When scrolling through social media, are consumers actually seeing the ads? Brands want to know how much impact their messages are having in that environment, where their ads compete with content that is just a quick swipe away.
That’s why advertisers are putting pressure on platforms to deliver higher thresholds for what counts as an ad view. The brands want to know if they’re charged even when someone flicks by their post.
This week, Facebook came up with its answer: guaranteed impressions. The impression counts when the entire ad passes through a person’s screen.
For advertisers, this new option is a guarantee that their ad is being seen. But Facebook is not making time a factor, which means an ad is counted as being viewed even if the user scrolls so fast that the ad is just a blur.
Some ad execs were skeptical that Facebook’s viewability standard would satisfy the industry, which has been asking also for minimums on how long a video plays before it counts as a view.
“That people can recognize an ad in a fraction of a second is laughable,” said one ad agency executive, speaking on the condition of anonymity. “Yes, that’s true for an ad that has a massive media budget behind it and becomes a known entity. But how can any ad get its message across if it only registers for less than a quarter of a second?”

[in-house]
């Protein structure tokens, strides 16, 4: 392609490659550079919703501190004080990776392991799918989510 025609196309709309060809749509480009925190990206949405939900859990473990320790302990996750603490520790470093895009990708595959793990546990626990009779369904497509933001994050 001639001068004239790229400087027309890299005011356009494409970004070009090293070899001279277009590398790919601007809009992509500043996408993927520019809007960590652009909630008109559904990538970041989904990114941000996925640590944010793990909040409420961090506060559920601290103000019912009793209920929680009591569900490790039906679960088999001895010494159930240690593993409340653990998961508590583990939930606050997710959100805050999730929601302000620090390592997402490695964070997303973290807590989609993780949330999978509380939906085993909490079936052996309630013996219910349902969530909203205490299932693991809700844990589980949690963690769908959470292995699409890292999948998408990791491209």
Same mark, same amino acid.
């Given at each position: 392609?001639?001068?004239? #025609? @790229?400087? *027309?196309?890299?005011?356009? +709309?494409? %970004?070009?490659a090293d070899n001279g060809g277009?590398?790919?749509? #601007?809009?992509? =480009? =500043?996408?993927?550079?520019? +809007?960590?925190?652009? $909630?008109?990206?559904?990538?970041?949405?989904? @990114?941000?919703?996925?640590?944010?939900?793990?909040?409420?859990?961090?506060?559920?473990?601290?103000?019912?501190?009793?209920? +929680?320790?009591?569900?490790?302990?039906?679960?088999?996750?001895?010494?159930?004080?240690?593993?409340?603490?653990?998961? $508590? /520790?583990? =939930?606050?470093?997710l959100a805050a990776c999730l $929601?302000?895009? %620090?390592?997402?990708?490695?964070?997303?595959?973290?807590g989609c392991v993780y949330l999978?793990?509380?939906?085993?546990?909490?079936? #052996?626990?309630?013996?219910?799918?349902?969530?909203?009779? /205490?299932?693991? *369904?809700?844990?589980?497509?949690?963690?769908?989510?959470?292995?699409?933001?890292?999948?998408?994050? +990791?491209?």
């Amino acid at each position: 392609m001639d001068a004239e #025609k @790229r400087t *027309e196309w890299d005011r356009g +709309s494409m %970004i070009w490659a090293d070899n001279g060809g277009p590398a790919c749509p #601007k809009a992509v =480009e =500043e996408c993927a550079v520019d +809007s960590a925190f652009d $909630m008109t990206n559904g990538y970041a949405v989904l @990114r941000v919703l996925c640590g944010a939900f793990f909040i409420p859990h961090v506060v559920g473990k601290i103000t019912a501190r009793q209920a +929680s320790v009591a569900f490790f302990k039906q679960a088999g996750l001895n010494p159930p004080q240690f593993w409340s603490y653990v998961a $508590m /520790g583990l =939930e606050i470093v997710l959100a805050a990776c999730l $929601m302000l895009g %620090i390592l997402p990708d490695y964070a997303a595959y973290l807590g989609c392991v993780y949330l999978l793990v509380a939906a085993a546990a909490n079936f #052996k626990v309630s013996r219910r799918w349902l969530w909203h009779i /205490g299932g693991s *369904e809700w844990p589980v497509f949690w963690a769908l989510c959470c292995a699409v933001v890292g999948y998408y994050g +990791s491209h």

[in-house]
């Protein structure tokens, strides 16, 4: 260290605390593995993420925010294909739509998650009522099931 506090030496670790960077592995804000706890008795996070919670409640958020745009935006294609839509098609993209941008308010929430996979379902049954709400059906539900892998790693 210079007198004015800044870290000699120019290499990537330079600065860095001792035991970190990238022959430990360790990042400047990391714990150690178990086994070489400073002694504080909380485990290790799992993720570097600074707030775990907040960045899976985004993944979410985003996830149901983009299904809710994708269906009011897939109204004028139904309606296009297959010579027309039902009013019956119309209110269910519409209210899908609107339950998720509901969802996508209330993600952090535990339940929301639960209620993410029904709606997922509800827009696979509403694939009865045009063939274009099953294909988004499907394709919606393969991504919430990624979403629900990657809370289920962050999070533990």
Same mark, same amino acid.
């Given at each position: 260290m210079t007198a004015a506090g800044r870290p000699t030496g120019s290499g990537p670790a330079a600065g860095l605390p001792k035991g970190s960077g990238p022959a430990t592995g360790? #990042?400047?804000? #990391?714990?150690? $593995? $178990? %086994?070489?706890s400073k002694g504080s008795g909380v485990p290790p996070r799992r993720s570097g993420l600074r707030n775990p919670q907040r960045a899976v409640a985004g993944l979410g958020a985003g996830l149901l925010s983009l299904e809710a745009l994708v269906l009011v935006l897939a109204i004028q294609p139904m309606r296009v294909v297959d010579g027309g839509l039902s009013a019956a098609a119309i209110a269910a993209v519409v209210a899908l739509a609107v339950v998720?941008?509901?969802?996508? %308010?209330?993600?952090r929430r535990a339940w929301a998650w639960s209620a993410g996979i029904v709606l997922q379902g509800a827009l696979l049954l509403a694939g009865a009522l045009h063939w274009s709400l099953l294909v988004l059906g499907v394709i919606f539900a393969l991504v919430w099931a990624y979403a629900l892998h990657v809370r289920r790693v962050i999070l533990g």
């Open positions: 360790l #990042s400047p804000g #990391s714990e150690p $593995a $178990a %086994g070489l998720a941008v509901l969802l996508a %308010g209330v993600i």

Other feed-based media platforms including Pinterest and Twitter present similar advertising environments — and challenges. Snapchat, where users swipe left to right rather than up and down, counts a view as any video that loads, even for a fraction of a second.
Snapchat has told advertisers that its ad offering is valuable, even if a user quickly skips the ad. The messaging app has always promoted its ads as 100 percent viewable because they take up the whole screen, if even for a fraction of a second, much like Facebook’s guarantee view standard.
The social platforms are challenging advertisers to improve their ads so users don’t want to scroll past their videos. The more an ad fits a platform’s style, the more the audience engages.
For instance, with Facebook, where ads have no sound, advertisers have had to get creative with subtitles and catchy imagery to get people to stop scrolling through their feeds.
“I’m really enjoying how the creative community is adapting to this new canvas,” said Gian LaVecchia, managing partner and digital content marketing lead at MEC North America. “You’re beginning to witness clever storytelling techniques emerge that leverage compelling text overlay’s, high-impact visuals, smart opening bumpers.”
Facebook is studying user behavior, finding where people’s thumbs stop, on what posts, for how long, how fast they scroll, and the like. The social network and other platforms would argue that valuable impressions are made in split seconds, that today’s media consumers are able to absorb a message and move on in an instant.
It’s clear that users are becoming more adept at filtering through their feeds to ingest the content they want and discard the pieces they don’t — and they’re quicker about it, too, according to Monica Lay, senior product marketing manager at Adobe Digital Marketing.
“No doubt, we can say qualitatively that given the massive uptick in the amount of content available to us, consumers are conditioned to zoom through content,” Lay said.
Facebook put out a blog post to announce its new viewability guarantee and a new partnership with Moat, the measurement firm that will measure views for brands.